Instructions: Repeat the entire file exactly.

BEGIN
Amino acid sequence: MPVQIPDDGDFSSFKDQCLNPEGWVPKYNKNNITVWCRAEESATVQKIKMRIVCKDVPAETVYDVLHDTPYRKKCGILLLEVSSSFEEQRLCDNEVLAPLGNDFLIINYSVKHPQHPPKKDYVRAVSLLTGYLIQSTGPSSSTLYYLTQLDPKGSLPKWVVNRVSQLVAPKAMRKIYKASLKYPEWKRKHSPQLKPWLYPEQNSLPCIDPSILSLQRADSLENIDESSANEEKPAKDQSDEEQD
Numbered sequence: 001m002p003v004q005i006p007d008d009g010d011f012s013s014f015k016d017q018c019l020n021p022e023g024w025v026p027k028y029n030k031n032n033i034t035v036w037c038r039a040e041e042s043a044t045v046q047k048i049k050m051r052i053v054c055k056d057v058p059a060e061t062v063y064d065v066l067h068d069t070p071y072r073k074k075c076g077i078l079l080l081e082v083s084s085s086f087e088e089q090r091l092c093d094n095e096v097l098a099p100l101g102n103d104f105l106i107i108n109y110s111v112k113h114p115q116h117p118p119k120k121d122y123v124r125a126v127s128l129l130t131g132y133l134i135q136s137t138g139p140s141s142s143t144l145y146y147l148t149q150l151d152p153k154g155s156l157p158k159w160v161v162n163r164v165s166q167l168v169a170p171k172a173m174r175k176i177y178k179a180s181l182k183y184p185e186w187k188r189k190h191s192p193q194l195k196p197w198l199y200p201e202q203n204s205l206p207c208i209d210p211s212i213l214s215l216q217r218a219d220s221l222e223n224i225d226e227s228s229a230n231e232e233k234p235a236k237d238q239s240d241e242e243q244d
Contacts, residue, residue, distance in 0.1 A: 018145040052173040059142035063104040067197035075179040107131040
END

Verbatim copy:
Amino acid sequence: MPVQIPDDGDFSSFKDQCLNPEGWVPKYNKNNITVWCRAEESATVQKIKMRIVCKDVPAETVYDVLHDTPYRKKCGILLLEVSSSFEEQRLCDNEVLAPLGNDFLIINYSVKHPQHPPKKDYVRAVSLLTGYLIQSTGPSSSTLYYLTQLDPKGSLPKWVVNRVSQLVAPKAMRKIYKASLKYPEWKRKHSPQLKPWLYPEQNSLPCIDPSILSLQRADSLENIDESSANEEKPAKDQSDEEQD
Numbered sequence: 001m002p003v004q005i006p007d008d009g010d011f012s013s014f015k016d017q018c019l020n021p022e023g024w025v026p027k028y029n030k031n032n033i034t035v036w037c038r039a040e041e042s043a044t045v046q047k048i049k050m051r052i053v054c055k056d057v058p059a060e061t062v063y064d065v066l067h068d069t070p071y072r073k074k075c076g077i078l079l080l081e082v083s084s085s086f087e088e089q090r091l092c093d094n095e096v097l098a099p100l101g102n103d104f105l106i107i108n109y110s111v112k113h114p115q116h117p118p119k120k121d122y123v124r125a126v127s128l129l130t131g132y133l134i135q136s137t138g139p140s141s142s143t144l145y146y147l148t149q150l151d152p153k154g155s156l157p158k159w160v161v162n163r164v165s166q167l168v169a170p171k172a173m174r175k176i177y178k179a180s181l182k183y184p185e186w187k188r189k190h191s192p193q194l195k196p197w198l199y200p201e202q203n204s205l206p207c208i209d210p211s212i213l214s215l216q217r218a219d220s221l222e223n224i225d226e227s228s229a230n231e232e233k234p235a236k237d238q239s240d241e242e243q244d
Contacts, residue, residue, distance in 0.1 A: 018145040052173040059142035063104040067197035075179040107131040